DNMT3A Mutations in Tunisian Patients with Acute Myeloid Leukemia

Special Article - Myeloid Leukemia

J Blood Disord. 2015; 2(3): 1032.

DNMT3A Mutations in Tunisian Patients with Acute Myeloid Leukemia

Mechaal Amal¹*, Safra Ines¹, Ben Neji Hind², Rezgui Ichraf¹, Menif Samia¹, Fouzai Chaker¹, Meddeb Balkis² and Abbes Salem¹

1Dpartment of Molecular and Cellular Hematology, University of Tunis El Manar, Tunisia

2Aziza Othmana Hospital, Tunisia

*Corresponding author: Mechaal A, Department of Molecular and Cellular Hematology, Pasteur Institute of Tunis, University of Tunis El Manar, Tunisia

Received: September 14, 2015; Accepted: October 21, 2015; Published: October 28, 2015


DNA Methyl Transferase 3A (DNMT3A) is one of two human de novo DNA methyltransferases essential for the regulation of gene expression. DNMT3A mutations were recently linked to hematologic malignancies prognosis. In fact, numerous mutations in this gene were reported in patients with Acute Myeloid Leukaemia (AML), pointing DNMT3A as an important oncogenic role in AML patients. In the present study, 84 patients were analyzed, at the first diagnosis for DNMT3A mutations. Exons 18, 19, 20, 21, 22 and 23 were screened by Polymerase Chain Reaction (PCR) and direct sequencing. The results demonstrated that 33.33% (28/84) de novo AML patients presented DNMT3A mutations. 9 missense mutations including 7 novel single nucleotide polymorphism resulting in amino acid substitution, one silence mutation and 1 nonsense mutation. These mutations are associated with an intermediate-risk cytogenetics (Normal Karyotype (KN-AML)), younger age, higher WBC count, bone marrow infiltration at diagnosis and lower plated count. In conclusion, we retain that the DNMT3A gene is highly mutated in the AML subgroup, its role as a prognostic factor needs to be further elucidated by correlation studies with other molecular prognosis factors and survival.

Keywords: Acute myeloid leukemia; PCR and Direct sequencing; DNMT3A gene


A: Alanine; AML: Acute Myeloid Leukaemia; bp: Base Pair; C: Cysteine; D: Acide Aspartique; DNA: Desoxyribo Nucleic Acid; DNMT3A: DNA Methyl Transferase 3A; E: Acide Glutamique; F: Phenylalanine; FAB: Franco-Américano-Britannique; g/dl: Grams Per Deciliter; H: Histidine; HSCs: Hematopoietic Stem Cells; I: Isoleucine; K: Lysine; L: Leucine; L: Liter; M: Methionine; N: Asparagines; KN: Normal Karyotype; P: Proline; PCR: Polymerase Chain Reaction; R: Arginine; RNA: Ribo Nucleic Acid; SPSS: Statistical Package for the Social Sciences; V: Valine; WBC : White Cell Count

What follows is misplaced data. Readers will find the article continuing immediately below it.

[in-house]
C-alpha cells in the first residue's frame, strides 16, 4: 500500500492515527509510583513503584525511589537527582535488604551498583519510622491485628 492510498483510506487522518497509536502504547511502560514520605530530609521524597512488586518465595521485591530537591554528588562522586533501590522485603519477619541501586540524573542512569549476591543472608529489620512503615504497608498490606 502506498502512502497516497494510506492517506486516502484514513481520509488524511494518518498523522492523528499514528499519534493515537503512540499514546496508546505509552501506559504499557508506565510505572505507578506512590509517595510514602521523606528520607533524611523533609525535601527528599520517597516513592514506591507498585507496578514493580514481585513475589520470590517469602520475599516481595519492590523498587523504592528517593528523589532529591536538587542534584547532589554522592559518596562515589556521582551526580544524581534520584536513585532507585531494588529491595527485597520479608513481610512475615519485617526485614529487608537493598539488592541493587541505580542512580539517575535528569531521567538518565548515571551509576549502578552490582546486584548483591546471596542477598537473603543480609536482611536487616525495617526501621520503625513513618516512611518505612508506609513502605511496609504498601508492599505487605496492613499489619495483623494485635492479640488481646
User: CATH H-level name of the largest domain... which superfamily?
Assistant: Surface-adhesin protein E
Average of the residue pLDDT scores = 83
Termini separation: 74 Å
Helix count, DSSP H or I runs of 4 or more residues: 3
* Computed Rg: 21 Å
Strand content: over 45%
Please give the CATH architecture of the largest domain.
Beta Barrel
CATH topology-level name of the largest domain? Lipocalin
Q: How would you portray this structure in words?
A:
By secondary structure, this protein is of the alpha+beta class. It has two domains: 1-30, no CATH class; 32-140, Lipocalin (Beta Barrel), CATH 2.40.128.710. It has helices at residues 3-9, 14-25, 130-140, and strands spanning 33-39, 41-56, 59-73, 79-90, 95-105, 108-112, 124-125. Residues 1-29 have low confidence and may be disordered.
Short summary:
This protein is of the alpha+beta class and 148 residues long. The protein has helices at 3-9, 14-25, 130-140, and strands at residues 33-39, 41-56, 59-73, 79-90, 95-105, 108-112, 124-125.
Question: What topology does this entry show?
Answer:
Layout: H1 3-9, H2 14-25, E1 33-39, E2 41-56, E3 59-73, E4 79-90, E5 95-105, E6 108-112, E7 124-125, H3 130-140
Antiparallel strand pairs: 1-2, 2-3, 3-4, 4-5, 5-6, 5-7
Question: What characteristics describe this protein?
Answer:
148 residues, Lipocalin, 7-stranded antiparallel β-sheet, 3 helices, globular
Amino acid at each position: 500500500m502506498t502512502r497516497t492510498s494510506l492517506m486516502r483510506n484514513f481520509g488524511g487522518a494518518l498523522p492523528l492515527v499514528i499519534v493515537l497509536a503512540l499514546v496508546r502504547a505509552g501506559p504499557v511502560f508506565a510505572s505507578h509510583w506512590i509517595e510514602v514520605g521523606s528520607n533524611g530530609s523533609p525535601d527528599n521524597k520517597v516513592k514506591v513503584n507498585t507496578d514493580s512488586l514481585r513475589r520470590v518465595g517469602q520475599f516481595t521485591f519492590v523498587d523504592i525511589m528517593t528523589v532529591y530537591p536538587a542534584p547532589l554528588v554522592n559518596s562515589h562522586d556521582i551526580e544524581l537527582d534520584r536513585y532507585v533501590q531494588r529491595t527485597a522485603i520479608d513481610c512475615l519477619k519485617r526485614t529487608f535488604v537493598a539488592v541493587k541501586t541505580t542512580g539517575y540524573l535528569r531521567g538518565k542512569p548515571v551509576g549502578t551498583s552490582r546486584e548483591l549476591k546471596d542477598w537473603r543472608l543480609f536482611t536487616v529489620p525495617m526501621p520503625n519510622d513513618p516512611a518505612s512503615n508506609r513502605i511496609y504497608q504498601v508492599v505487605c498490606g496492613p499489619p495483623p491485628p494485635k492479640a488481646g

Acute Myeloid Leukemia (AML) is a malignancy of Hematopoietic Stem Cells (HSCs) characterized by the expansion of undifferentiated myeloid progenitors (blasts) with great variability in clinical course and response to therapy. The development of AML is associated with accumulation of acquired genetic alterations and epigenetic changes in hematopoietic progenitor cells that alter normal mechanisms of cell growth, proliferation, and differentiation [1-6]. DNA methylation plays a key role in the pathophysiology of AML [7-10].

DNA Methyltransferase 3A (DNMT3A) is one of two human de novo DNA methyltransferases essential for regulating gene expression during cellular development and differentiation [11]. DNMT3A mutations are generally present in the clones of AML samples, suggesting that they may initiate leukemia [5,6,9,12]. However, the mechanisms by which they contribute to leukemogenesis are not yet clear. Analysis of mutated DNMT3A gene has an important clinical and pathologic application. DNMT3A mutations may become a new tool for target therapy [13, 14].

DNMT3A is located in chromosomal band 2p23 and, is a member of a DNA Methyltransferase (Mtase) family [15]. It has three conserved domains: the PWWP (a highly conserved prolinetryptophan- tryptophan-proline motif) domain targeting the enzyme to nucleic acids, the cystein-rich PHD zinc-finger domain interacting with unmodified histone H3, and the highly conserved catalytic domain representing the Mtase domain in the c-terminal region. DNMT3A has high ubiquitous expression in embryonic tissues and undifferentiated embryonic stem cells. By catalyzing the conversion of cytosine to 5- methylcytosine, DNMT3A add methyl groups to unmodified DNA. DNMT3A mutations, most commonly are heterozygous, and almost at codon R882 in exon 23 DNMT3A Mtase domain modify its enzymatic activity. DNMT3A mutations are significantly enriched in patients with intermediate risk cytogenetics with a normal caryotype [14,16-18].

This work was designed to study the prevalence and nature of the DNMT3A gene mutations in novo AML patients in a Tunisian group.

Patients and Methods

Patients and Bone Marrow Mononuclear Cell (BMMC) collection

We have studied 84 samples of bone marrow from patients with AML, at diagnosis and prior to any chemotherapy. Patients’ samples had been collected from January 2014 to August 2015. Bone marrow mononuclear cells were isolated with Ficoll gradient separation.

The patients’ clinical information’s were obtained from the AML database of different Tunisian hospitals retrospectively. Patients were stratified according to the FAB (Frensh American British) classification.

The diagnosis of the AML subgroup was based on the standard clinic morphologic and phenotype criteria. Cytogenetic information was available for only 78 patients (Table 1).